Friday, June 21, 2024
spot_img
HomeRegattaAmerica's CupHigh Winds and Technical Glitches Challenge NYYC American Magic and Luna Rossa...

High Winds and Technical Glitches Challenge NYYC American Magic and Luna Rossa Prada Pirelli

It was the sort of conditions that make racing sailors salivate: 18 knots true with 24 knots gusts, blue skies, temperate airs, a moderate chop but for both NYYC American Magic and Luna Rossa Prada Pirelli it was a stop/start kind of day with technical issues on both boats as the top end conditions bit. So fine-tuned are the AC75s that any tiny component that isn’t absolutely 100% can mean the end of your day. Just like Formula 1, it’s either all-on or all off.

Alex Carabi / America’s Cup

For Luna Rossa Prada Pirelli, sadly it was ‘all off’ as an unconfirmed issue meant they spent most of their short time on the water with tech teams onboard trying to resolve an issue down below. Jimmy Spithill fronted the recon and played it down saying: “We got a little bit of sailing in, beautiful breeze out there, we had a couple of changes inside the boat that no one can really see and yeah, we just came in, we wanted to make a few changes, we thought about going out but we changed our minds. I thought look we’re just going to sort through a couple of things and then get the full day in tomorrow.”

“We were just stopping, just checking a few things out on these things but yeah ultimately just one of those days. You have days sometimes when you’ve got a few little things here and there and like I said we could have gone out again, but we just thought tomorrow’s forecast looks just as good, if not better, and we said look let’s come in, let’s get sorted for tomorrow and we’ll use the whole day.”

Alex Carabi / America’s Cup

In the top-end gusts, Luna Rossa gingerly proceeded downwind with both boards down, clearly facing an issue and not at their usual full charge. Jimmy spoke about the two-board technique and when asked if he would use it in a race, responded: “I think if you need control or stability at times yeah but it would really be on the top end because VMG you pay a big penalty, but you see a lot of teams like we saw the Kiwis in New Zealand in the very top end using it a lot for bear-aways and any time they got unstable, clearly round-ups when the breeze gets up so yeah I mean that two-boarding is definitely a feature for these boats when you start getting overpowered.”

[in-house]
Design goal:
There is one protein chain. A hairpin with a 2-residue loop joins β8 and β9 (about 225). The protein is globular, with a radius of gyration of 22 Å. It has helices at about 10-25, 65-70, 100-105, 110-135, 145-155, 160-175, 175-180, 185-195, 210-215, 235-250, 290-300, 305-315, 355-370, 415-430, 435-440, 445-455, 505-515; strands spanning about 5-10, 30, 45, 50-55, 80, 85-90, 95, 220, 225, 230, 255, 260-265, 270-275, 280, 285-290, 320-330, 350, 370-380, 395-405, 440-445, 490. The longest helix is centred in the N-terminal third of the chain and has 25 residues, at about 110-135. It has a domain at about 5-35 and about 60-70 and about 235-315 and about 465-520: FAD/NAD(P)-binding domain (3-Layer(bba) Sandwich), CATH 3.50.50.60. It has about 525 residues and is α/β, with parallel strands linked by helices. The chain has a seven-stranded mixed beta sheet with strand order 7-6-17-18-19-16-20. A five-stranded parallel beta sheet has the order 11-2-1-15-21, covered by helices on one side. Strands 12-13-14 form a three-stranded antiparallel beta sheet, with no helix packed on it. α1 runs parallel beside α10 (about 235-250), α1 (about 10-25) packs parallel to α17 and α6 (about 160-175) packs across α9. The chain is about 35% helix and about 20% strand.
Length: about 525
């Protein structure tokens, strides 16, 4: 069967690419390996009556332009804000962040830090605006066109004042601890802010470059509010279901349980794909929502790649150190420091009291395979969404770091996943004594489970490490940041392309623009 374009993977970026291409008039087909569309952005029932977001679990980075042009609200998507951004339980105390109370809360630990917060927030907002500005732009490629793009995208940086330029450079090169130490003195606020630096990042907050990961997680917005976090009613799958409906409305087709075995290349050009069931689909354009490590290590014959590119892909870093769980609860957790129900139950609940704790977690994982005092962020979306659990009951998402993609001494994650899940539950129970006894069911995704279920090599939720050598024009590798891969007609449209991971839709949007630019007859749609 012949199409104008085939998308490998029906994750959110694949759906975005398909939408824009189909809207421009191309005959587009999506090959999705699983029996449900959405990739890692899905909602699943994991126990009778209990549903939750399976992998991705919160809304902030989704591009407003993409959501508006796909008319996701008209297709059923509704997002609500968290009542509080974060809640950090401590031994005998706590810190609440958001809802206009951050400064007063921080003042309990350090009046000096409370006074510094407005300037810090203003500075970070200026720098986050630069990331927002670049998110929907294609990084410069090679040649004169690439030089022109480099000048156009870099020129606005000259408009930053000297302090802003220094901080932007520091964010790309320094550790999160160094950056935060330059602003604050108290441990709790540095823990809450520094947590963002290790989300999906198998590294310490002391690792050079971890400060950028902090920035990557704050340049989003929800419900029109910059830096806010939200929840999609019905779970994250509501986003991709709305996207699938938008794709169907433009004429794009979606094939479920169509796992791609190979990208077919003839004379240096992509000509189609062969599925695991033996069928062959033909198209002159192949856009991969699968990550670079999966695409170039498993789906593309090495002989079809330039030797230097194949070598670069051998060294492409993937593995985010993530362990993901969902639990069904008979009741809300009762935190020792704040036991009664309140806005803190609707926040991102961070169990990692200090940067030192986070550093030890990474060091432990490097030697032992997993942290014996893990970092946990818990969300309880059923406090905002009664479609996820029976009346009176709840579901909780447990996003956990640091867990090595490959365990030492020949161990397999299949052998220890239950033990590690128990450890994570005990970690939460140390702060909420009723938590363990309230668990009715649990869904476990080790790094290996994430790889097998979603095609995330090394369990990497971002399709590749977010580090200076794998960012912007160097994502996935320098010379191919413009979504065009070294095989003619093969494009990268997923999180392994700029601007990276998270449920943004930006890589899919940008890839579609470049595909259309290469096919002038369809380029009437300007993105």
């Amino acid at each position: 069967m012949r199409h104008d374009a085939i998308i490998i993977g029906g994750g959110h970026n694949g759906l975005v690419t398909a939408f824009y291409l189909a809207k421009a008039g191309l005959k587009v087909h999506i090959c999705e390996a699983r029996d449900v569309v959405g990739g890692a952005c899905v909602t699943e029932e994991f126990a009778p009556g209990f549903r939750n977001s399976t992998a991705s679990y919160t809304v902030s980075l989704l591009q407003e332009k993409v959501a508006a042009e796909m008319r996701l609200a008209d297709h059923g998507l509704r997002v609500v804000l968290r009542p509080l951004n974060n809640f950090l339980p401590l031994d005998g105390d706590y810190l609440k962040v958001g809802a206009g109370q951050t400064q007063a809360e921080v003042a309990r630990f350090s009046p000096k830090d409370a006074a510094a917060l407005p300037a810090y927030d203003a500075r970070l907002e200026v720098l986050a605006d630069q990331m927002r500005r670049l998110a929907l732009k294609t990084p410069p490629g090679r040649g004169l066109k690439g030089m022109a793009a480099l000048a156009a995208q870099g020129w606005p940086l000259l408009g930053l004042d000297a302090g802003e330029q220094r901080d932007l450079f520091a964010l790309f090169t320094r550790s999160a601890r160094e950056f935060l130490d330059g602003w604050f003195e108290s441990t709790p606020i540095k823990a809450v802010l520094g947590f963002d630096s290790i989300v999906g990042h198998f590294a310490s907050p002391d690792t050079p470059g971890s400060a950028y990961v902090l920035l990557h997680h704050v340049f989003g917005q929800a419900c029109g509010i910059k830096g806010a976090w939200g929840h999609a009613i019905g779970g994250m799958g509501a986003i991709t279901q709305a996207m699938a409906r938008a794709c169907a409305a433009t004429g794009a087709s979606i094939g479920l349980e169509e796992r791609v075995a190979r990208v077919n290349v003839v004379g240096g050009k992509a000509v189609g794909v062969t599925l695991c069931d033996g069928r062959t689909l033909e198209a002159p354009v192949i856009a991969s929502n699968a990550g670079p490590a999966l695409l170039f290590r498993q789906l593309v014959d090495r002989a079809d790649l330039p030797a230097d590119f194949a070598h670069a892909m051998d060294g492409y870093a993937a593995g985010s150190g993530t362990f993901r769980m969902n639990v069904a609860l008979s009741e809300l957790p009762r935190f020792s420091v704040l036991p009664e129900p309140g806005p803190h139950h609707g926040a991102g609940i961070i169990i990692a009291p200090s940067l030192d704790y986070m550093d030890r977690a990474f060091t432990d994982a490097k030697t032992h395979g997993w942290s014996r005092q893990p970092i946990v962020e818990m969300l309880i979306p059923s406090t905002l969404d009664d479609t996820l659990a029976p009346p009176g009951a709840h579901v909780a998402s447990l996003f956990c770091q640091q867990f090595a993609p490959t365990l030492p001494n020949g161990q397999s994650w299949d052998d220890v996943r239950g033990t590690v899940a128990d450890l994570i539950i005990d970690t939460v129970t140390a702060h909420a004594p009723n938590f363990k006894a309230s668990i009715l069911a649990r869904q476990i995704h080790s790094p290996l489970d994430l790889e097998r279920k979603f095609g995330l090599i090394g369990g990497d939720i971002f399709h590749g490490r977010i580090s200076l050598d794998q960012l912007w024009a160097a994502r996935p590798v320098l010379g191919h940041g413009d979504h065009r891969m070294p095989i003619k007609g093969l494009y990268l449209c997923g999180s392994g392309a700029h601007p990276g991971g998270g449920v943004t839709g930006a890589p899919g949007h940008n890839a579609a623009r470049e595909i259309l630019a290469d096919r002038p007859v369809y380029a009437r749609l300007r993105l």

Alex Carabi / America’s Cup

Talking about the challenge ahead of the team in working up the new AC75, Jimmy added: “You’re just constantly fine tuning. There’s so many things you can change on the boat in the settings it’s just a never-ending kind of task that you have in front of yourself and yeah every day you go out, you try and fine tune it a bit, and then the conditions can change and you probably want to change the settings again so tomorrow looks top end again which would be great so we’ll definitely utilise tomorrow the full day.”

Ugo Fonollá / America’s Cup

A “little hydraulic issue” (according to Lucas Calabrese) marred what was otherwise a blistering performance from NYYC American Magic who had some dockside issues with the forestay attachment before resolving that, docking out at 1pm and getting a thoroughly entertaining couple of hours in before calling a day just after 3pm. Short but sweet and whatever the technical issue was onboard, it was quickly resolved on a controlled upwind in displacement before the sailors let loose over a few laps. Good boat handling once again and Patriot looked very impressive at a low ride upwind with its low volume bow making short shrift of the moderate chop around the entrance to the harbour.

Ugo Fonollá / America’s Cup

Speaking afterwards Lucas Calabrese, bronze medallist in the 470 class at the 2012 London Olympic Games, who was helming today alongside Paul Goodison for the first time on the new Patriot, offered his first impressions saying: “Obviously first official day (for me) it was pretty windy and it’s way more agile really you can see the difference and yeah I mean there are some similarities (to the old Patriot) but overall just way more agile and lighter…it wasn’t that wavy today so could probably push a little bit harder but it’s just that the more you push it, the riskier it becomes for the yacht, and we don’t want to damage it so I think if it’s outside the wind limits we are very careful on how much we push it.” 

Ugo Fonollá / America’s Cup

Asked if the team were getting towards 100% in terms of pushing the boat, Lucas commented: “I think we’re getting there, obviously today was probably the windiest day we sailed, it was upper range and sometimes above the wind limit but we managed to do some laps and yeah the boat felt pretty good…I think the boat’s responding really well and if there is any more control that we need to get it’s just from the sailors onboard, the boat was behaving really well, the systems are working really well, and it’s just up to us to get the most out of it.”